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Eyring Equation

The Eyring Equation which is also known as Eyring–Polanyi equation is an equation used in chemical kinetics to describe changes in the rate of a chemical reaction against temperature.

The equation was developed simultaneously by Henry Eyring, Meredith Gwyne Evans and Michael Polanyi, in 1935. 

Henry Eyring developed Eyring Equation
Henry Eyring (Source)

The Equation

The equation follows from the transition state theory. It is also known as the activated-complex theory.

On assuming constant enthalpy of activation and entropy of activation, the Eyring equation is similar to the empirical Arrhenius equation, despite the Arrhenius equation being empirical and the Eyring equation based on statistical mechanical justification.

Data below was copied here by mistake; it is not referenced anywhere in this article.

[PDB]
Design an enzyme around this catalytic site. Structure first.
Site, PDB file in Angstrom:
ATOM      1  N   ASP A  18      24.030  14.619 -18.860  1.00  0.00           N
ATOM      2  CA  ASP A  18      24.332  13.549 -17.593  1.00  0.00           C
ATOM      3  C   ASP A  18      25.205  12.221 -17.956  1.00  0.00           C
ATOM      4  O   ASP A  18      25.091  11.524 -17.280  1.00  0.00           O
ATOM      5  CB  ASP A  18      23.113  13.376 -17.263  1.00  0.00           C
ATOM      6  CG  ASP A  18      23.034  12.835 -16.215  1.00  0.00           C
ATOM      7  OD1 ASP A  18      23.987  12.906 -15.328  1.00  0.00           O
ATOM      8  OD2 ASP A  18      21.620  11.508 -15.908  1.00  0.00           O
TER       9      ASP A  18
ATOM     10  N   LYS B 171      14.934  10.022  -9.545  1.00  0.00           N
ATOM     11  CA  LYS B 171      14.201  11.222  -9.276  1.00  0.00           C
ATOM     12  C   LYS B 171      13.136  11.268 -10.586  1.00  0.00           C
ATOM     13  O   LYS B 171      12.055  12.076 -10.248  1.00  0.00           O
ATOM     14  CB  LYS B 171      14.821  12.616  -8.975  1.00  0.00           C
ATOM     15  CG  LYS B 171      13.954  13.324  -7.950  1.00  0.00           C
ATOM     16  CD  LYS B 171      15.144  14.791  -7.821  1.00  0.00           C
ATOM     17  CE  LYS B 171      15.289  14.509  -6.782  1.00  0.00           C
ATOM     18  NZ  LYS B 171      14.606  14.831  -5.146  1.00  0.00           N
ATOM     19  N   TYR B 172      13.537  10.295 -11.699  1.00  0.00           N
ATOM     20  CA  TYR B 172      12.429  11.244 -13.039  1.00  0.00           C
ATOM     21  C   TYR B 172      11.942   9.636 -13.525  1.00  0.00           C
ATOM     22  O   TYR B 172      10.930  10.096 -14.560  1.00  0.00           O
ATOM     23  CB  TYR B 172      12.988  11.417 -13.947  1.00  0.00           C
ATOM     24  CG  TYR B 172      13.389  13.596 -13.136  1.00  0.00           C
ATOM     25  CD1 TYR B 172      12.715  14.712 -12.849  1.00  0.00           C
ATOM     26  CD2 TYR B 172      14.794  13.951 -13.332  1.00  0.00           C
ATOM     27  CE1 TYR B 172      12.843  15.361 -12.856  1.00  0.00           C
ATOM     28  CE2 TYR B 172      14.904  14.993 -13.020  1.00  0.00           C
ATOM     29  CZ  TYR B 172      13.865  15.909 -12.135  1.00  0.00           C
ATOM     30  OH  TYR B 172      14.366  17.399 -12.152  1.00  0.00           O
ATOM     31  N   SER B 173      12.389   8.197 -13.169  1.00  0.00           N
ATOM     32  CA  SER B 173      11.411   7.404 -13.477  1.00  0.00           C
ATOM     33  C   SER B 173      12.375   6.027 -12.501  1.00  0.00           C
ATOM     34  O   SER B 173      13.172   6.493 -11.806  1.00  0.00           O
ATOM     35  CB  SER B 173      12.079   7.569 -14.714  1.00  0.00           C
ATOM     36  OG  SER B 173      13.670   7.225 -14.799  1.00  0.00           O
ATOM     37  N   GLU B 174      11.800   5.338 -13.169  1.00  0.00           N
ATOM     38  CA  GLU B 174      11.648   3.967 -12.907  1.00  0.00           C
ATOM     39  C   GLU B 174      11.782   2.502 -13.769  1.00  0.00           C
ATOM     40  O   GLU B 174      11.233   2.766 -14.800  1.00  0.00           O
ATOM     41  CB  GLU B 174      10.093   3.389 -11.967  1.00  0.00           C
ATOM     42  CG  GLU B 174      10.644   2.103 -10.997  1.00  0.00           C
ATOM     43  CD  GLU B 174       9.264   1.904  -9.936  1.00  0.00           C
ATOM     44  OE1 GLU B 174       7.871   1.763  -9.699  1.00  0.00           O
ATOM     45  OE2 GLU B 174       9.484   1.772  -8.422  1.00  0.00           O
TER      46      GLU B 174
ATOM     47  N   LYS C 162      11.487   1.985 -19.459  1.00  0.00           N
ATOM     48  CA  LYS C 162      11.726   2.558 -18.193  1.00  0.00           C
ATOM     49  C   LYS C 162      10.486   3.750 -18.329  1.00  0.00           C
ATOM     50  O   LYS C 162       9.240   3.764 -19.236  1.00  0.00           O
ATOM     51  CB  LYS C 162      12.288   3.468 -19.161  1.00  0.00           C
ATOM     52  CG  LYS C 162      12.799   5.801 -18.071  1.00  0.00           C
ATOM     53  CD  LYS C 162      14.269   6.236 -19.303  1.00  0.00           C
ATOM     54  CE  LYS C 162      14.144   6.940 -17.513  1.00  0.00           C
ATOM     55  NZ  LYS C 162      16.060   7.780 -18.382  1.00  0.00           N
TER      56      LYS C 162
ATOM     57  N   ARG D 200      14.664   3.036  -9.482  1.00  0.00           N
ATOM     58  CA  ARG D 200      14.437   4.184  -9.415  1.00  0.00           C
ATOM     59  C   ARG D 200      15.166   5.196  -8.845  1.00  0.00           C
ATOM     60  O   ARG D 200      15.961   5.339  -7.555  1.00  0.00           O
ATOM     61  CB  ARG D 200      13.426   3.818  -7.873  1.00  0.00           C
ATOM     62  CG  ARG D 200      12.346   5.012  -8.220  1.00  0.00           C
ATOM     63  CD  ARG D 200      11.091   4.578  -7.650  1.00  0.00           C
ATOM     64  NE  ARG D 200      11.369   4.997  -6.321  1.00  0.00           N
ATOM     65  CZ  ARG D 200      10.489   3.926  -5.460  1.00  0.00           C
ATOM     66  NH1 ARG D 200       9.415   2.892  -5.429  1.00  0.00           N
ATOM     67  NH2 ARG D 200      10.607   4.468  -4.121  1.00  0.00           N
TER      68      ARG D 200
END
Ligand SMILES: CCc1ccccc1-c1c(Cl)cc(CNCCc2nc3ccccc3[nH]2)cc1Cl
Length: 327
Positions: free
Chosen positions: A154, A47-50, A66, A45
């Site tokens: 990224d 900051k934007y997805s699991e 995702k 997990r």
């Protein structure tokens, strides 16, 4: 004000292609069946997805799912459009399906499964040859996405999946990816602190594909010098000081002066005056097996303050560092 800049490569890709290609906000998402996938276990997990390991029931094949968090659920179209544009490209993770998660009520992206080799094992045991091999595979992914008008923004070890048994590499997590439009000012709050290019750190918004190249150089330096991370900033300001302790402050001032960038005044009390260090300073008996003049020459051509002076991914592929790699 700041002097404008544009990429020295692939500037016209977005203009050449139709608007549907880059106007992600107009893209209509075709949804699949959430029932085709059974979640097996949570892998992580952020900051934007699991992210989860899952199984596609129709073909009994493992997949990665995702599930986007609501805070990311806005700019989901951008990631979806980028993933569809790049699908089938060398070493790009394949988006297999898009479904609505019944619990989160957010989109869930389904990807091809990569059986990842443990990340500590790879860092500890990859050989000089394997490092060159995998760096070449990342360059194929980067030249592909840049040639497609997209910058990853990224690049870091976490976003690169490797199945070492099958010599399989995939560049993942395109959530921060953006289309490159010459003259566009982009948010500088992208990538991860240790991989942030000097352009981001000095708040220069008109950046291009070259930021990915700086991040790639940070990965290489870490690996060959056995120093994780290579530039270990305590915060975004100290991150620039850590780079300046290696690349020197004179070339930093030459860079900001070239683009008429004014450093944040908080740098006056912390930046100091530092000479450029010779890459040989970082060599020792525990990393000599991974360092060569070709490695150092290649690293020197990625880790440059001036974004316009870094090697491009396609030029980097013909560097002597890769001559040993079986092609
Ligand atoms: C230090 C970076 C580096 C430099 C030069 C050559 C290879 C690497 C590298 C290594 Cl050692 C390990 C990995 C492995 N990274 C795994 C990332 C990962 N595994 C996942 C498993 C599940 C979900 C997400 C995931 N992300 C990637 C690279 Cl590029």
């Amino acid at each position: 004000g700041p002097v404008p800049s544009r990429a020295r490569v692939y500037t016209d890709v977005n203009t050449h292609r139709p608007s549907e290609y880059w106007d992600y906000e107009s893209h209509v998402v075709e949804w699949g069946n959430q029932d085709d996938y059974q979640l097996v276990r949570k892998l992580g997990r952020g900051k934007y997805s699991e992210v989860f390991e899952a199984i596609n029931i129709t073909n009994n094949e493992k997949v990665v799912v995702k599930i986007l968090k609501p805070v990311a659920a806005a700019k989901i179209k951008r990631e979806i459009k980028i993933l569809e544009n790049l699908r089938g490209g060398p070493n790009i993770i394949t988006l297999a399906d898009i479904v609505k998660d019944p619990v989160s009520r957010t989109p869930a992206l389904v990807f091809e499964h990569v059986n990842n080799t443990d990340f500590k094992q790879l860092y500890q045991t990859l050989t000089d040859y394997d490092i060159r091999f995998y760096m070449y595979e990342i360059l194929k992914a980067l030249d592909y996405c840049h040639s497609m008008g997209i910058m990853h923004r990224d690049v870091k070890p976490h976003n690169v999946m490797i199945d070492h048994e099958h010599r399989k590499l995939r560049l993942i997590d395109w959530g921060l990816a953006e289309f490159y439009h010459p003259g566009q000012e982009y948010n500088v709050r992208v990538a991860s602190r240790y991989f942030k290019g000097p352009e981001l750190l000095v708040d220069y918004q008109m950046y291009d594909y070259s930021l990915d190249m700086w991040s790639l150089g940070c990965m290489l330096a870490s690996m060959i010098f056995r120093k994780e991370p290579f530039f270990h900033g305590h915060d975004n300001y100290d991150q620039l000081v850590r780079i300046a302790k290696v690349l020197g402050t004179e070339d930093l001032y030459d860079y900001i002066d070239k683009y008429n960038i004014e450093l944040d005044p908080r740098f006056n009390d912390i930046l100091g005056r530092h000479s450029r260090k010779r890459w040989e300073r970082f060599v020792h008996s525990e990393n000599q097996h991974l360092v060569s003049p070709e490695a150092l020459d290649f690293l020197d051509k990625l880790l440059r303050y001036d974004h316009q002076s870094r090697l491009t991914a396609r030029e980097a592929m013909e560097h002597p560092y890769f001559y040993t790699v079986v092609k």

The equation is of the form:

\(\large{k = \frac{ κ k_B T}{h} e^{-\frac{\Delta G^\ddagger{}}{RT}}}\)

Where,
\(k\) – Reaction constant
\(\Delta G^\ddagger{}\)  – Gibbs energy of activation
κTransmission coefficient
\(k_B\) – Boltzmann’s constant
\(h\) – Planck’s constant
\(T\) – Absolute temperature
\(R\) – Gas Constant

It can also be written as. 

\(\large{k = \frac{ κ k_B T}{h} e^{-\frac{\Delta S^\ddagger{}}{R}} e^{-\frac{\Delta H^\ddagger{}}{RT}}}\)

Where,
\(\Delta S^\ddagger{}\) – Entropy of activation
\(\Delta H^\ddagger{}\) – Enthalpy of activation

FAQs

What is transition state theory?

Transition state theory (TST) explains the reaction rates of elementary chemical reactions. The theory assumes a special type of chemical equilibrium between reactants and activated transition state complexes.

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